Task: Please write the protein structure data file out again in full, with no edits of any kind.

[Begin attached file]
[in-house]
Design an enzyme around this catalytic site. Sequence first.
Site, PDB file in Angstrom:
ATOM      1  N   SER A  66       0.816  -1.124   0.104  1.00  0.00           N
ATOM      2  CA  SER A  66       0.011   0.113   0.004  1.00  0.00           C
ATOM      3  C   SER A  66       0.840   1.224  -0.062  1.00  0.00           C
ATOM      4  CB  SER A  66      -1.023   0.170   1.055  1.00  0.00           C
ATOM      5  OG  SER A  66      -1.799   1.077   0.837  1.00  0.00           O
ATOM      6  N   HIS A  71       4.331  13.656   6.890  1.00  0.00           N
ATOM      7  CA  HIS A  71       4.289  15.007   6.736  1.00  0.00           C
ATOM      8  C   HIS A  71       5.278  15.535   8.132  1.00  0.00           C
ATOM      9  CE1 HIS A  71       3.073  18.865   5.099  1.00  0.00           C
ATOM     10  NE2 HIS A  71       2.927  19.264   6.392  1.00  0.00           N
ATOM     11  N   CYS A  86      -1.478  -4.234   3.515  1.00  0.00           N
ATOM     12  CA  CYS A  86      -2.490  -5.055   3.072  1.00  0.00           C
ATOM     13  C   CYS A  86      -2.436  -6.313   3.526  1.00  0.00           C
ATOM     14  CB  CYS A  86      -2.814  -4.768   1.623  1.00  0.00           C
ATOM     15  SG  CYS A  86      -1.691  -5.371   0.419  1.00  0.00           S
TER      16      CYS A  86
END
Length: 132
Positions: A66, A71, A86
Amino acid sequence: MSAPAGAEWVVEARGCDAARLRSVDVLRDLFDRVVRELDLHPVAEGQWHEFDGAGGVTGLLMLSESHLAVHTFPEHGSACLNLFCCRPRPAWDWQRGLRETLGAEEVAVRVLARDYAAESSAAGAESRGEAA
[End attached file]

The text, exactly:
[in-house]
Design an enzyme around this catalytic site. Sequence first.
Site, PDB file in Angstrom:
ATOM      1  N   SER A  66       0.816  -1.124   0.104  1.00  0.00           N
ATOM      2  CA  SER A  66       0.011   0.113   0.004  1.00  0.00           C
ATOM      3  C   SER A  66       0.840   1.224  -0.062  1.00  0.00           C
ATOM      4  CB  SER A  66      -1.023   0.170   1.055  1.00  0.00           C
ATOM      5  OG  SER A  66      -1.799   1.077   0.837  1.00  0.00           O
ATOM      6  N   HIS A  71       4.331  13.656   6.890  1.00  0.00           N
ATOM      7  CA  HIS A  71       4.289  15.007   6.736  1.00  0.00           C
ATOM      8  C   HIS A  71       5.278  15.535   8.132  1.00  0.00           C
ATOM      9  CE1 HIS A  71       3.073  18.865   5.099  1.00  0.00           C
ATOM     10  NE2 HIS A  71       2.927  19.264   6.392  1.00  0.00           N
ATOM     11  N   CYS A  86      -1.478  -4.234   3.515  1.00  0.00           N
ATOM     12  CA  CYS A  86      -2.490  -5.055   3.072  1.00  0.00           C
ATOM     13  C   CYS A  86      -2.436  -6.313   3.526  1.00  0.00           C
ATOM     14  CB  CYS A  86      -2.814  -4.768   1.623  1.00  0.00           C
ATOM     15  SG  CYS A  86      -1.691  -5.371   0.419  1.00  0.00           S
TER      16      CYS A  86
END
Length: 132
Positions: A66, A71, A86
Amino acid sequence: MSAPAGAEWVVEARGCDAARLRSVDVLRDLFDRVVRELDLHPVAEGQWHEFDGAGGVTGLLMLSESHLAVHTFPEHGSACLNLFCCRPRPAWDWQRGLRETLGAEEVAVRVLARDYAAESSAAGAESRGEAA